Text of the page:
A January 17 runoff is now set between Sebastian Piñera of the Alliance for Chile coalition and former President Eduardo Frei of the ruling Concertación coalition. On Sunday, with 98 percent of votes counted, Piñera won the first round with 44 percent of votes cast compared to 30 percent for Frei. The two candidates are now vying for the support that went to independent Marco Enríquez-Ominami, who secured 20 percent of first-round votes. Ominami refuses to endorse either candidate.
Political scientist Ricardo Israel of the University of Chile said the second round will be “very tight” as it was in the last two presidential elections “with the only difference being that for the first time, the opposition candidate has the advantage.”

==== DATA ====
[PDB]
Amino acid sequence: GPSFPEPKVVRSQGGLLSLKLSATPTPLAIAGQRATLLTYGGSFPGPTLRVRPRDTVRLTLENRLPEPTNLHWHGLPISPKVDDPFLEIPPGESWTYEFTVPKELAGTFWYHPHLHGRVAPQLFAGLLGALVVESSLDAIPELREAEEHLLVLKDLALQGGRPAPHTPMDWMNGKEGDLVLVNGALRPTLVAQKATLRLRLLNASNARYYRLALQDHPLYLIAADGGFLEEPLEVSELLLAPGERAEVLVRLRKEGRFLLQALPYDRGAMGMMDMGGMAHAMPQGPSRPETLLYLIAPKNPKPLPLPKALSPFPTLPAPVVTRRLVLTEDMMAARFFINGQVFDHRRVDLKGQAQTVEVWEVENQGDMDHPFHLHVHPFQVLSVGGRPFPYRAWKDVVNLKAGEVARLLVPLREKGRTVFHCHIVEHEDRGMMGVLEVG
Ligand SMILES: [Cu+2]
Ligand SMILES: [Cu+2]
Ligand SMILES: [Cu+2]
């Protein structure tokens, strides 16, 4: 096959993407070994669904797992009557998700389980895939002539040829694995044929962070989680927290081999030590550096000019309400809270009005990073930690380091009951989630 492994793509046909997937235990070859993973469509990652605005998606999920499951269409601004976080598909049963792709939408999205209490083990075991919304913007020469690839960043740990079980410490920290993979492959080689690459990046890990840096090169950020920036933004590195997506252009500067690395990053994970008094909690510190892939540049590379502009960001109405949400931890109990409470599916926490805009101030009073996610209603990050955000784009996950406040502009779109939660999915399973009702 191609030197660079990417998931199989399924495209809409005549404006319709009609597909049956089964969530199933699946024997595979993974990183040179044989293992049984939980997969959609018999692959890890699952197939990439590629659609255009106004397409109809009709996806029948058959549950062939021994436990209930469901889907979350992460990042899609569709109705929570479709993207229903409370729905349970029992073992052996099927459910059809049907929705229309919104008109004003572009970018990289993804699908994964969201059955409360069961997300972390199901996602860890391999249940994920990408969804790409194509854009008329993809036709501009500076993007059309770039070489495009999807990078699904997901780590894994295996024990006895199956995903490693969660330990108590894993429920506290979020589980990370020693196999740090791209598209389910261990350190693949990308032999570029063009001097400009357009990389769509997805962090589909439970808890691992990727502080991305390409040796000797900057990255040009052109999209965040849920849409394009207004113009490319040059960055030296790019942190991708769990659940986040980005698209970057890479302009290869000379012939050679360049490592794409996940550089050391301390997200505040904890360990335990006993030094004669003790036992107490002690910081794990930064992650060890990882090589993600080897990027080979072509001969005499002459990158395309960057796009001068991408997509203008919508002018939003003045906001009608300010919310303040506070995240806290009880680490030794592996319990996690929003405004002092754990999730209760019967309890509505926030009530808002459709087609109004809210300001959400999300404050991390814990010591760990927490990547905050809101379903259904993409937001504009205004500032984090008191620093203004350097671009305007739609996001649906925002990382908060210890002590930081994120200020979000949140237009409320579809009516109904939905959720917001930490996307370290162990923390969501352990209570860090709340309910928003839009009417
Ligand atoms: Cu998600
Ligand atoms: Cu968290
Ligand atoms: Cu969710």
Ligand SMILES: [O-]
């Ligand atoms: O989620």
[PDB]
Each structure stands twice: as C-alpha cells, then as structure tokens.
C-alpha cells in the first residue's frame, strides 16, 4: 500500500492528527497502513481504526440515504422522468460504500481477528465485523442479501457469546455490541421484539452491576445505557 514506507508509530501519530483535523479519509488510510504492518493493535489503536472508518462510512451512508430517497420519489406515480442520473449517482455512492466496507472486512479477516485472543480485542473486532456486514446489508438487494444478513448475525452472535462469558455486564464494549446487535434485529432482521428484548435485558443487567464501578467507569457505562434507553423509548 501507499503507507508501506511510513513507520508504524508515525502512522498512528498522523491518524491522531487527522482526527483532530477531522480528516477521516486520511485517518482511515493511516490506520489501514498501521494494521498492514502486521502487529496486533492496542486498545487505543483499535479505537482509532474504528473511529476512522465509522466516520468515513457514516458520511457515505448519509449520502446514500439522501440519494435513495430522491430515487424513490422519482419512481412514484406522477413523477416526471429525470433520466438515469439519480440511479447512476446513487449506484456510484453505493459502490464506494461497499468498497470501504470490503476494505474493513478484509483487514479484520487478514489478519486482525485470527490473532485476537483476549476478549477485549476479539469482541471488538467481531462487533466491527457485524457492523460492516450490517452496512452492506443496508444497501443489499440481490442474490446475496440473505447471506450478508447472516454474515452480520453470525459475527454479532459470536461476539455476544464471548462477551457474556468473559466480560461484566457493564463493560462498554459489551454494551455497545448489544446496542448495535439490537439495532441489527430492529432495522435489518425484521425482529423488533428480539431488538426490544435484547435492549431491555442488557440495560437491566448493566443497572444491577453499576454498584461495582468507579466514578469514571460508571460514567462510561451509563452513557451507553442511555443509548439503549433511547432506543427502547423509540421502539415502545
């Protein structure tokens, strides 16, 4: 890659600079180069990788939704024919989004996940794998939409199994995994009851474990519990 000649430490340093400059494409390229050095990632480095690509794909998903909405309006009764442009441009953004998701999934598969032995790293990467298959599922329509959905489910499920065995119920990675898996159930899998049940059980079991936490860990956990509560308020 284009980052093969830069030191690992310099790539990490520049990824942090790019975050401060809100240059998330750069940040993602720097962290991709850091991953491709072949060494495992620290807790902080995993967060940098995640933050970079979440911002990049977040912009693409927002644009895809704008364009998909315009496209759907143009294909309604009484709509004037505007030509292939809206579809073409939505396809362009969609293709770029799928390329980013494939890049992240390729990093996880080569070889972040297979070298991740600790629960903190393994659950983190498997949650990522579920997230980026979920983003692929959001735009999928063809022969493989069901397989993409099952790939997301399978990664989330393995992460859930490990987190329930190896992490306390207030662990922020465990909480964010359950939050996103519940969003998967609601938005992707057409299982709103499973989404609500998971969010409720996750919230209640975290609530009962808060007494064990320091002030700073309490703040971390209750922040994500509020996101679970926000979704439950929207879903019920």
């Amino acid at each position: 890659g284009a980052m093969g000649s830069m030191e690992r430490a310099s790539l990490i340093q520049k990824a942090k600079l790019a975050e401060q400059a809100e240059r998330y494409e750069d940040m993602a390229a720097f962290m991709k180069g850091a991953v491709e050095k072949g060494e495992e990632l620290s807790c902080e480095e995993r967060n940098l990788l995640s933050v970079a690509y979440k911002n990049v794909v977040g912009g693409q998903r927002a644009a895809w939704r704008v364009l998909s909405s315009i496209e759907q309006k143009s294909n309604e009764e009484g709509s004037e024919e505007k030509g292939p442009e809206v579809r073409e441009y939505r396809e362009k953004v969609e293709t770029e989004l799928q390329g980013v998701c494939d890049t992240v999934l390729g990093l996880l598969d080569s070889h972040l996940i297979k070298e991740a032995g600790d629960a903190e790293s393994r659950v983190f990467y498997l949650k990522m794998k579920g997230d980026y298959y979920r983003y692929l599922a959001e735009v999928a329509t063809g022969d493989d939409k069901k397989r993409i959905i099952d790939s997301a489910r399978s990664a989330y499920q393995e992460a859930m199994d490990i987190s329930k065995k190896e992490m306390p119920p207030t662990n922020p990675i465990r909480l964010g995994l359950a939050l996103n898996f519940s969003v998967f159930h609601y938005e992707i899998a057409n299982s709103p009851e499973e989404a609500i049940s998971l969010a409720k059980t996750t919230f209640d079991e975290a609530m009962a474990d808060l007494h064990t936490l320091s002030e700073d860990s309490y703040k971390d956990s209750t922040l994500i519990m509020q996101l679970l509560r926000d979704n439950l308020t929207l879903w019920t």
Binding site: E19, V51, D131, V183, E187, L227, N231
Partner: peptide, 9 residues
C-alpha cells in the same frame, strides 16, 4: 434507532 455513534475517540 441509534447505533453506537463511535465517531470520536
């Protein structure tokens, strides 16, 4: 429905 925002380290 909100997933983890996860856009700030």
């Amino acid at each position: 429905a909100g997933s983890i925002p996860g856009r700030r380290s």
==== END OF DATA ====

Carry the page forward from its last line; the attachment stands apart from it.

Chileans also voted for members of Congress on Sunday, with over 500 candidates vying for all 120 seats in the Chamber of Deputies and 18 of 38 seats in the Senate. Unión Demócrata Independiente (UDI) emerged as the strongest force, winning 23.1 percent of the votes. Sebastian Piñera’s Renovación Nacional (RN) won 17.8 percent of votes in the Chamber. In the Senate, the ruling Concertación was left with 19 members while the Right emerged with 17 Senators. The new Chamber of Deputies will include 58 members from the Right, and 57 members from the ruling Concertación coalition. The new session begins in March 2010.